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Filter Can Restuffing for Valco Amp - Completion

I got the new capacitors from Mouser and I'm going to restuff the can. Glad I measured them and ordered more or less by size. This is the smallest can cap I've done and everything was a tight fit.

I've written about this before, but here is is again in case you missed it the last go-around.

Drill some small holes in the base of the can. One for each of the positive tabs and one for ground. It's a good idea to do some planning beforehand, especially for the ground hole.

In the past, I've said something like "thread the positive leads through their respective holes near the tabs." Here's a picture. This is the first capacitor's positive (+) lead being pulled through. I just bend it and wrap it around the tab. It will get soldered later when it's back in the amp and everything is being reconnected.

Here's that planning I mentioned.

I'm putting a 22 uF cap in the first section. Originally, the can had 10 uF, but modern caps are so much smaller that I was able to double the capacitance. I think 10 uF is pretty skimpy.

So we have the 22 uF cap with its leads going through the base of the can. You see one of the 10 uF caps (there are 2) lying next to it while I figure out exactly how it will go above the first cap.

The leads won't reach on their own, so I solder a piece of component lead onto them so they'll reach. When I build or work on stuff, I save clipped-off leads for this very application.

Here are all three capacitors installed.

The bottom cap - the 22 uF one - has its ground lead running through the can's bottom to one of the ground tabs. Then I ran a wire up toward the other 2 caps' grounds and soldered them together. So we have all of the grounds running to one point.

The positive leads run down through the bottom of the can and connect to their respective tabs. See the green heat shrink? That's covering those leads.

You may say, "Mr. Crawfish Man, why don't you just tie the grounds to the can itself?" That's a good question. The answer is that the can is aluminum, and hard to solder to. So I just use a tab instead. I also like the idea of just one ground point.

A final test run to make sure it all fits.

This one was fairly tight, as I mentioned, so I used some electrical tape to hold the cans together and doubly insure nothing could work loose and touch the can by accident. Not something I usually bother doing, but this was a little different than usual.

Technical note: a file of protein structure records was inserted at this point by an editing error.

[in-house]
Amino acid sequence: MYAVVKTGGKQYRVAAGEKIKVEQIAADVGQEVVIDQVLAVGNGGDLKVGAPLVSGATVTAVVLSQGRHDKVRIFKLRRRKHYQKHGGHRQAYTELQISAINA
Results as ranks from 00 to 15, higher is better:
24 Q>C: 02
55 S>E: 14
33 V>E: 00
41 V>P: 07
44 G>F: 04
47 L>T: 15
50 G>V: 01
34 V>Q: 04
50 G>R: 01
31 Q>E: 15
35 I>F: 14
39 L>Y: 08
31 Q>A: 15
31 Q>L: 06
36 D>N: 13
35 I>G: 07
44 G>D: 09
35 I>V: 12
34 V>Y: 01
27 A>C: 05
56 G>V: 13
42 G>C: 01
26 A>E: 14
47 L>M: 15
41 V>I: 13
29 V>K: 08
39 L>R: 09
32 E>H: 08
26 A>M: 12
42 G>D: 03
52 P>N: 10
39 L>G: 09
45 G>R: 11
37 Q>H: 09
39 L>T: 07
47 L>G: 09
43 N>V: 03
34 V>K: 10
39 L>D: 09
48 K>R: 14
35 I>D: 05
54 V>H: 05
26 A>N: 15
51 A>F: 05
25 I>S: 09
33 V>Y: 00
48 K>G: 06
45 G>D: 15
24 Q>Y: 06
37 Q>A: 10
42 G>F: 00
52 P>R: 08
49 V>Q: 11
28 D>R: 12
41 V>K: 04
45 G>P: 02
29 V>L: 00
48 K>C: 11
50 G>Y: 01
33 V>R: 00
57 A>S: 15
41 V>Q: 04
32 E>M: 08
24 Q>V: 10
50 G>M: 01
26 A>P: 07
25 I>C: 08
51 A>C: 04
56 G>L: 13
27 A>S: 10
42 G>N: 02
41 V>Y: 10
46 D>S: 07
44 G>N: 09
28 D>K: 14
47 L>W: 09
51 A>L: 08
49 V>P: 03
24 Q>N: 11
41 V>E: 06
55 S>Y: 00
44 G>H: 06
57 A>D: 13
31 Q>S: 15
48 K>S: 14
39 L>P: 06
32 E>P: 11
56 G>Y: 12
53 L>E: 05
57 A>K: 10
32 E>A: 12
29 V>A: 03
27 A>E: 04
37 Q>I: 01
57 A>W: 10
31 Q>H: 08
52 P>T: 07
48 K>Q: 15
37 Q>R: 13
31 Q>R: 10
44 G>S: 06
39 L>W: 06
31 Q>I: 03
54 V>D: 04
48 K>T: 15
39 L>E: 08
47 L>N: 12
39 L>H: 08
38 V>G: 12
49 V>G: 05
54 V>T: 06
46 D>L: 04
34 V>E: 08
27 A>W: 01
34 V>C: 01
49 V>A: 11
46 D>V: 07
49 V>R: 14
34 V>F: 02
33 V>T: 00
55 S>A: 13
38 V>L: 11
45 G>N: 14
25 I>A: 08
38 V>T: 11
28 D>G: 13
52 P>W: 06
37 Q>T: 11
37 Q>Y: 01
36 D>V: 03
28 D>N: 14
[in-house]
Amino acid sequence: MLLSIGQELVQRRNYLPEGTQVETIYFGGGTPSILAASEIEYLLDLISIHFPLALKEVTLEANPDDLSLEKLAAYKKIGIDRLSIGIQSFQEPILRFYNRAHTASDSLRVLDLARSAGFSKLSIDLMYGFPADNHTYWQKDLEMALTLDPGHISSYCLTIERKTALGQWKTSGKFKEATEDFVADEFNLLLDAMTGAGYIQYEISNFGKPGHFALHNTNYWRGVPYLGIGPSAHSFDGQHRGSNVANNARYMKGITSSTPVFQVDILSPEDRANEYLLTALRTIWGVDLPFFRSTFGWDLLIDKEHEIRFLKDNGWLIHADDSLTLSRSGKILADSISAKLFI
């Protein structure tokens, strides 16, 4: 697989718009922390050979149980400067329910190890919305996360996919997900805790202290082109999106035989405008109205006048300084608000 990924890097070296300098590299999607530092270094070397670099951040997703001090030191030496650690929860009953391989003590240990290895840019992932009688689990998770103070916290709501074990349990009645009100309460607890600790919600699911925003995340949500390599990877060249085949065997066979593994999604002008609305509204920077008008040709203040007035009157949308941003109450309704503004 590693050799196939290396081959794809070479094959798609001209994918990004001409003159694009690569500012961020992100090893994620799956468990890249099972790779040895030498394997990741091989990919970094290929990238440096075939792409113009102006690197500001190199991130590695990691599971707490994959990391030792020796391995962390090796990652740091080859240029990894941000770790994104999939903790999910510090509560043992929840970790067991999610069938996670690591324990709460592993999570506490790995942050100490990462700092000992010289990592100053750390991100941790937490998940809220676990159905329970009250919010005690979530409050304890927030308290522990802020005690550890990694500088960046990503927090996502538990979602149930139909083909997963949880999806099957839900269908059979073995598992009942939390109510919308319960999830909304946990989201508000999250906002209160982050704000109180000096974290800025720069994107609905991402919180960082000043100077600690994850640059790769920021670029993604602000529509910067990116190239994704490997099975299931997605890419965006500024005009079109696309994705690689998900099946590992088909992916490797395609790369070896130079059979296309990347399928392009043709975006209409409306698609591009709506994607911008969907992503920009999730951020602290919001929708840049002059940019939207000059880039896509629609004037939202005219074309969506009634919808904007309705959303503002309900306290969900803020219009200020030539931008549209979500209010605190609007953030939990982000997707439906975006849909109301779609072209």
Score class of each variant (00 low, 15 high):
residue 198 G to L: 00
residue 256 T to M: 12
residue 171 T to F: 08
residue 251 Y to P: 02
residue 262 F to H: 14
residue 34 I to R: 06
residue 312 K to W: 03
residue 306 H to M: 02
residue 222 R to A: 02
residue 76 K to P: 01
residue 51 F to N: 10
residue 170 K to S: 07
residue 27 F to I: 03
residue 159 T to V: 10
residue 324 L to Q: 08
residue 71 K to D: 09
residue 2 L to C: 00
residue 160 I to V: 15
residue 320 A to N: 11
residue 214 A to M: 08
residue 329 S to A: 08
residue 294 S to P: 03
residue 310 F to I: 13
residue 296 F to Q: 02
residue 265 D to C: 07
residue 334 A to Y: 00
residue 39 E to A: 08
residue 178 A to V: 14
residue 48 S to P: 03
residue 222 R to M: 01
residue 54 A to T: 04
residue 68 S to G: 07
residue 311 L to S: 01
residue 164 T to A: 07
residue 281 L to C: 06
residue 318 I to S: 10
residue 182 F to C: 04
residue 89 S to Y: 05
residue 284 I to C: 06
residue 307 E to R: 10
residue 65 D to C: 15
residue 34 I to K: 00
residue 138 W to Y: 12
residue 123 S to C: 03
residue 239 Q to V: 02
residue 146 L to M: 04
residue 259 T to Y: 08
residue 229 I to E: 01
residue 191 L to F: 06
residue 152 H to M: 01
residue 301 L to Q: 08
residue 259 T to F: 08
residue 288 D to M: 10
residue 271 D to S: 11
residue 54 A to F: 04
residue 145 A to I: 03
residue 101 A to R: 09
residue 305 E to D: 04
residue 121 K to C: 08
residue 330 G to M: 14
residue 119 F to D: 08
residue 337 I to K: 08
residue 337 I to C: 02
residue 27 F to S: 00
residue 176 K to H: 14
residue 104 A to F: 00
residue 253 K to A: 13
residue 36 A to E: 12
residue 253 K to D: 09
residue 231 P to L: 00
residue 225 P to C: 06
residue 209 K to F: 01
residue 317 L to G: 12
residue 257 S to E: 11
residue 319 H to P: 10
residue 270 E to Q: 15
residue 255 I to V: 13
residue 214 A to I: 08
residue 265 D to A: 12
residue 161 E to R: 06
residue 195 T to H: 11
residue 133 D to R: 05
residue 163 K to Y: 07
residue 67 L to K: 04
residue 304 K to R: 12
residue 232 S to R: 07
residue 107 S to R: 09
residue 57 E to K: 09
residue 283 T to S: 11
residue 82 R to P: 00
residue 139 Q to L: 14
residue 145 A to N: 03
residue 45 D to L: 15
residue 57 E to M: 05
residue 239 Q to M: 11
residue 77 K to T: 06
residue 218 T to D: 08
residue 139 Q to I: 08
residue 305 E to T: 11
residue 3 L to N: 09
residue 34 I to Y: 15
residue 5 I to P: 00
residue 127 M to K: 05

Mix up some JB Weld and put some on the mating seams on the can. Reminder to self: you are now out of JB Weld. Get more.

Line the can top and bottom back up and gently clamp the can in a vise to dry overnight.

If your cut was clean, and you've lined the seam up well and you clean up the excess epoxy, the seam will not be visible from a distance.

Congratulations! You've saved a vintage Sangamo capacitor can from extinction.

There's one more electrolytic capacitor I'm going to change before I fire up the amp. This is the first section cathode bypass on the 6SL7 preamp tube.

You can see the old cap alongside the modern Sprague I'm replacing it with. The Sprague is rated for 50 volts versus the 25 of the original, yet it's still much smaller.

Good thing I made a layout drawing of the filter cap connections, huh?

I also put a modern 3-prong grounded AC cable on the chassis. I don't like the way the AC line has to run across the amp, so I raised it up out of the way as much as I could.

Here's the reconnected filter cap in the chassis.

Couple of notes here: the blue arrow shows the grid (signal) line to the output tube from the preamp tube. I'm eventually going to move that coupling cap (red one on the left) over to the output tube grid. I'll also run a shielded line here instead of an unshielded wire.

The way this is wired leaves it open to pick up hum and noise. You'll see it runs right across the amp under the high current filament lines off the transformer. It's just poor wiring layout.

The other change I'll make is at the green arrow. This is the 6 volt filament line for the preamp and power tube. It's not dressed properly - it should be a twisted line. Easy to correct, and again, it's an anti-noise measure.


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